What were the biggest Indiana economic development successes of 2017; what regions of the state were standout economic performers; and what does Indiana need to do differently in 2018 to land even more investment? As 2017 comes to a close, Tim Cook and Katie Culp answer these questions and more on December’s (i) on Economic Development with Gerry Dick.
Biggest Economic Development Successes
Not surprisingly, Culp credits the tech sector for much of Indiana’s 2017 economic development success. But she’s not chalking it up to a single deal. “From Infosys to Levementum to Salesforce, Indiana’s biggest success has a lot to do with the tech sector, and it’s not just a single deal. It’s the accumulation of all of these tech deals that show Indianapolis is a contender nationally,” Culp says.
Cook thinks the biggest success was encompassed in Gov. Holcomb’s efforts. “If you look back to his State of the State, two things he talked about were infrastructure and workforce. He put a lot of money into both of those.” Pair that with the fact that the Indiana Economic Development Corporation, part of Gov. Holcomb’s team, had a record year, and Cook believes the governor deserves a lot of credit for Indiana’s economic performance this year.
Top Regional Performers
As Indiana continues to place an emphasis on regionalism as the strategy to attract investment, Cook and Culp discuss some of the state’s top regional performers.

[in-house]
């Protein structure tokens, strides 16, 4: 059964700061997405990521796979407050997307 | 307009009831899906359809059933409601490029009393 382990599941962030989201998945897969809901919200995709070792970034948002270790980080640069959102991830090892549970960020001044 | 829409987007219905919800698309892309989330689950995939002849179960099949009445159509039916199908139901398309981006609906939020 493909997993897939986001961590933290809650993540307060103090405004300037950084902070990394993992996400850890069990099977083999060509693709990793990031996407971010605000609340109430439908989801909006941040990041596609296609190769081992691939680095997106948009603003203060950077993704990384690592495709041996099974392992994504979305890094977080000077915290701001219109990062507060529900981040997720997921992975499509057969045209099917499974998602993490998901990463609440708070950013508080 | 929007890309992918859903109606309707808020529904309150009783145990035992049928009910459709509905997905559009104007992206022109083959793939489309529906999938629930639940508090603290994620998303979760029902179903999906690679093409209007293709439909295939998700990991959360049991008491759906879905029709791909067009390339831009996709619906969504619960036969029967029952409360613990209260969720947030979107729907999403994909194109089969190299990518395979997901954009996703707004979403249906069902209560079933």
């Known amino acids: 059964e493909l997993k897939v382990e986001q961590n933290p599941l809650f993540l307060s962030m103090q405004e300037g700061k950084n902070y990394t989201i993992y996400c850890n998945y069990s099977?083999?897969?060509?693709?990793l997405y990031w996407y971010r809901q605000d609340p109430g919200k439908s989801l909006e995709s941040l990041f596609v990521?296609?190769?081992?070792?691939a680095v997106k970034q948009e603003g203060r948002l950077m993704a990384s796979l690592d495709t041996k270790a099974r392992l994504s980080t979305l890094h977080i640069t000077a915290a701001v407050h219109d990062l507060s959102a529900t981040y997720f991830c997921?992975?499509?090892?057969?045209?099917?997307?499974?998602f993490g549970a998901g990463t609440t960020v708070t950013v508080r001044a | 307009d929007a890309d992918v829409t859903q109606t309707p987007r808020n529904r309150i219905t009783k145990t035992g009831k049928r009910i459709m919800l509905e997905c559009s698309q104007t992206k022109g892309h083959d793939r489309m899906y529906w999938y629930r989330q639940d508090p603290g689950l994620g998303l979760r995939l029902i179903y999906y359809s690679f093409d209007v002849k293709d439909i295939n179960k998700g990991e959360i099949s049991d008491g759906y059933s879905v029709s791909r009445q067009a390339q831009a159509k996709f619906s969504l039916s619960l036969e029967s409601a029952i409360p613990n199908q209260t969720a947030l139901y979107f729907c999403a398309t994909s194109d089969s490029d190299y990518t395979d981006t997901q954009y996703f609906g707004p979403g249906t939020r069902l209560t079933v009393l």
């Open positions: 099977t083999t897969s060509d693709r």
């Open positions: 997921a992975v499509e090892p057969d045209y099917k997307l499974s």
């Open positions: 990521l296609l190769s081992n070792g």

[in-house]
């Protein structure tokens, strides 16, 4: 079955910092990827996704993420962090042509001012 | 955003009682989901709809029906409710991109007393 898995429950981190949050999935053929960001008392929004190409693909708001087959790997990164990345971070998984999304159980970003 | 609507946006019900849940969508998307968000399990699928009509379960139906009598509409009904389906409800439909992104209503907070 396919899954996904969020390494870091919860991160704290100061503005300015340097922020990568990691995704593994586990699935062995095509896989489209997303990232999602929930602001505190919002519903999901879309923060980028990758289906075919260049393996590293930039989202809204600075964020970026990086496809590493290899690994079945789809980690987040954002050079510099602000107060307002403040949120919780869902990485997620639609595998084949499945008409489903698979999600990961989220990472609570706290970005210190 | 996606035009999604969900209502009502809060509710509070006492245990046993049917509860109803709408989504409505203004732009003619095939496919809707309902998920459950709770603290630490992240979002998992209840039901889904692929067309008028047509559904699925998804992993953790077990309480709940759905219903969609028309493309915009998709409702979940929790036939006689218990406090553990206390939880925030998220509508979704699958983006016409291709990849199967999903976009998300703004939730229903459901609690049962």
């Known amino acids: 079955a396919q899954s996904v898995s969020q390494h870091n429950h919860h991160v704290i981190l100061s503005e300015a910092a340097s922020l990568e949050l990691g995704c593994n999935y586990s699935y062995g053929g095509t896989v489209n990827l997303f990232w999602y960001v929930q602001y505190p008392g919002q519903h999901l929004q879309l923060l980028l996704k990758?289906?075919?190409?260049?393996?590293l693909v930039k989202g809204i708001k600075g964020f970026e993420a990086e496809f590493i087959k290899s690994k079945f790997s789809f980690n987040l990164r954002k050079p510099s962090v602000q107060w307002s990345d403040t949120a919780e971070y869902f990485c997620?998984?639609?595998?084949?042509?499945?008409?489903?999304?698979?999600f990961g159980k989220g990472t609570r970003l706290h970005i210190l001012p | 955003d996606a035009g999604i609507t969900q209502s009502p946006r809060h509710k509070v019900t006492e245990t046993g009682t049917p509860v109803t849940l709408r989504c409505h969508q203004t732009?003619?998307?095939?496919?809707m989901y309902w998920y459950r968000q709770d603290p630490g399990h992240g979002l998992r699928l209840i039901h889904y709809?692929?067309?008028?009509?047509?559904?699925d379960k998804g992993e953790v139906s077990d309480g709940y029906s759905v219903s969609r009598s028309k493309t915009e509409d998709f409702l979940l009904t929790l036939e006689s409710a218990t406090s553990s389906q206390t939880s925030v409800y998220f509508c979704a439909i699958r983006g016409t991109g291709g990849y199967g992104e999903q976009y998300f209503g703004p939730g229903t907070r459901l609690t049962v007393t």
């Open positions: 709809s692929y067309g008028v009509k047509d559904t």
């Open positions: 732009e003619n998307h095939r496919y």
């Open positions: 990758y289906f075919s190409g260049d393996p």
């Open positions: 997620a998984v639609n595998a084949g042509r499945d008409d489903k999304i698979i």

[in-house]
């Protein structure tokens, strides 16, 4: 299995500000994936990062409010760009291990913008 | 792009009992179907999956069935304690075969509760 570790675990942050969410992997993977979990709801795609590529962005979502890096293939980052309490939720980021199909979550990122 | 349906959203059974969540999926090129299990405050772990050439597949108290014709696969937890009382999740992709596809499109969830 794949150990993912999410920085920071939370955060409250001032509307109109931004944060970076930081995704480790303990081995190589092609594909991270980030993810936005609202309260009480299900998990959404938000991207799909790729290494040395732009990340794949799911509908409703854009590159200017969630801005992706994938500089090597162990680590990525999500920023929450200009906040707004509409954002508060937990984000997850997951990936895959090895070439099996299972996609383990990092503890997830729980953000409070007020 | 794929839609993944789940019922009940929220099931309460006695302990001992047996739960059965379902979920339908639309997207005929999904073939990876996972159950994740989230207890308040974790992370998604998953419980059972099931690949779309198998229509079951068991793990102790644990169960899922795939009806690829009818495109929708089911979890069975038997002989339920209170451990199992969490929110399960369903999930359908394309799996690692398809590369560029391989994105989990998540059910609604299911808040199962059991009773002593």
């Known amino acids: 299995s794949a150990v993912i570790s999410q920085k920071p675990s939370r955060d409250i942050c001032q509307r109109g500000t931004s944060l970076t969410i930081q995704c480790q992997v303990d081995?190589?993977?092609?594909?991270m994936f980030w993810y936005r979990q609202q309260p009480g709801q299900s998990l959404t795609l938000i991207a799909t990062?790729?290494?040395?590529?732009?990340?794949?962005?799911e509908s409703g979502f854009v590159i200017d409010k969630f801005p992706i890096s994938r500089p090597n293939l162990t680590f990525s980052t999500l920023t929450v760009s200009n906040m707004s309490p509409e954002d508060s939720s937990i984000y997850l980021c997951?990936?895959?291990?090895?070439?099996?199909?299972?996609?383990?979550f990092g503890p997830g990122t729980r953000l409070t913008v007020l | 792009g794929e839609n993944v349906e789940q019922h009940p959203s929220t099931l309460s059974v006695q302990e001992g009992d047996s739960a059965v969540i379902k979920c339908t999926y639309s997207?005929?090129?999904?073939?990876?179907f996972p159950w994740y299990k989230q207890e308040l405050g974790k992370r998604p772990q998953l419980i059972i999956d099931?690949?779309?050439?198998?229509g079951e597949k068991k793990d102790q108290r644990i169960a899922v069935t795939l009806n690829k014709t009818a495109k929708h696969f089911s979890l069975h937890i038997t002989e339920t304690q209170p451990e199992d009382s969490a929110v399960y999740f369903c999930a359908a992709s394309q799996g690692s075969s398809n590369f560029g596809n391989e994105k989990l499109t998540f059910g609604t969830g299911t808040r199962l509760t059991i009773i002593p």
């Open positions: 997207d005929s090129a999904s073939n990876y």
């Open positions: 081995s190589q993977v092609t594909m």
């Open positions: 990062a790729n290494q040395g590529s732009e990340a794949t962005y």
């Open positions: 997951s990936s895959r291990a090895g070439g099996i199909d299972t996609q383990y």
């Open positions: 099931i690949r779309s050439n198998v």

Fort Wayne has prioritized economic development in a big way this year. Cook noted that he’s seen this on a macro level with the overall downtown revitalization efforts, and on a micro level as KSM Location Advisors’ parent company, Katz, Sapper & Miller, recently moved its Fort Wayne office into the Metro Building in downtown Fort Wayne. “There’s a vibrancy there. The leadership is engaged. It’s really exciting what they’ve been able to accomplish.”
Southeast Indiana has also seen a lot of activity as of late thanks, in large part, to the Ohio River bridges project – one of the largest infrastructure projects in the country. Culp applauds them for their efforts. “By improving the bridges you’re improving access to Jeffersonville and New Albany, and you’re seeing a lot of economic development as a result. There’s a lot moving from Kentucky into Southern Indiana.”
Both Cook and Culp agree that Indiana is becoming a standout state for investment attraction, but there’s still work to be done, primarily in the workforce development and talent attraction arenas. Beyond that, other areas of concern involve access to capital and the country’s perception of Indiana.
“Legislatively, we have to do something to make access to capital easier, especially for software companies and start-ups,” says Cook. Culp agrees, but believes Indiana’s overall reputation is what really needs work. “We’ve received national attention for being pretty socially conservative, and that’s a deterrent. … We need to focus on being a vibrant, welcoming place for businesses and their employees.”
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